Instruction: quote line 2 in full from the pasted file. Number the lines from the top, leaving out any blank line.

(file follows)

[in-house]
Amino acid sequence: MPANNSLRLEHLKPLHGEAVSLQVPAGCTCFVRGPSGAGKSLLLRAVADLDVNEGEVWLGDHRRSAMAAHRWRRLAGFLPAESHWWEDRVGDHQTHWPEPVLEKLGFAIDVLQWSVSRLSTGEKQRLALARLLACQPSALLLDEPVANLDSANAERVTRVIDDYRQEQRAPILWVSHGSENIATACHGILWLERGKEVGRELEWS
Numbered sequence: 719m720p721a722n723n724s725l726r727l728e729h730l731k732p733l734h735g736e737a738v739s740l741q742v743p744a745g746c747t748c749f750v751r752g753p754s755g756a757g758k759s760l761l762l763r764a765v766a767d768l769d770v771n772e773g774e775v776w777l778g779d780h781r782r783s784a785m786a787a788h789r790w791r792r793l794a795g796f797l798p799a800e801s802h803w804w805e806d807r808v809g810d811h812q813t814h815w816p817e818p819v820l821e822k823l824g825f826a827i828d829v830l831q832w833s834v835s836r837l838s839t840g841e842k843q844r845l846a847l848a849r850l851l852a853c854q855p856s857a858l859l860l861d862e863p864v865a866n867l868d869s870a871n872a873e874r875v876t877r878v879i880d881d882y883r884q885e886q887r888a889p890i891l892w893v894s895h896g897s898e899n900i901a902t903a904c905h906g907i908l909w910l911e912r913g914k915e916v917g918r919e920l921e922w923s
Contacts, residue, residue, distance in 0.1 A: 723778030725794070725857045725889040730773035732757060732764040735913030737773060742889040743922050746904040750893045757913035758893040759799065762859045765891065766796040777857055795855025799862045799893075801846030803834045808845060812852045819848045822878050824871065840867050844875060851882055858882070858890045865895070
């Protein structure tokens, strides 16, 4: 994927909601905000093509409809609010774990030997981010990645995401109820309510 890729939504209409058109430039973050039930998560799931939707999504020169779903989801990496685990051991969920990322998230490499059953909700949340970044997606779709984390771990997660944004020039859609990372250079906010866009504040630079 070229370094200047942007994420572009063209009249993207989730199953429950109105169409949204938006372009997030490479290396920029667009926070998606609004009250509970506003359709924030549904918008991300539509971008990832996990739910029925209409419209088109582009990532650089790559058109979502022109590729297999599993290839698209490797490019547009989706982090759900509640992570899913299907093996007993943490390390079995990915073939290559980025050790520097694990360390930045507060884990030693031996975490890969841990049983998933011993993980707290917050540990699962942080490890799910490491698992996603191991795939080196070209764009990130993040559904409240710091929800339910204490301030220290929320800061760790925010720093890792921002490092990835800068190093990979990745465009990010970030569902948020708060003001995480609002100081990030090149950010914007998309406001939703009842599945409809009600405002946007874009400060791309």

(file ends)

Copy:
Amino acid sequence: MPANNSLRLEHLKPLHGEAVSLQVPAGCTCFVRGPSGAGKSLLLRAVADLDVNEGEVWLGDHRRSAMAAHRWRRLAGFLPAESHWWEDRVGDHQTHWPEPVLEKLGFAIDVLQWSVSRLSTGEKQRLALARLLACQPSALLLDEPVANLDSANAERVTRVIDDYRQEQRAPILWVSHGSENIATACHGILWLERGKEVGRELEWS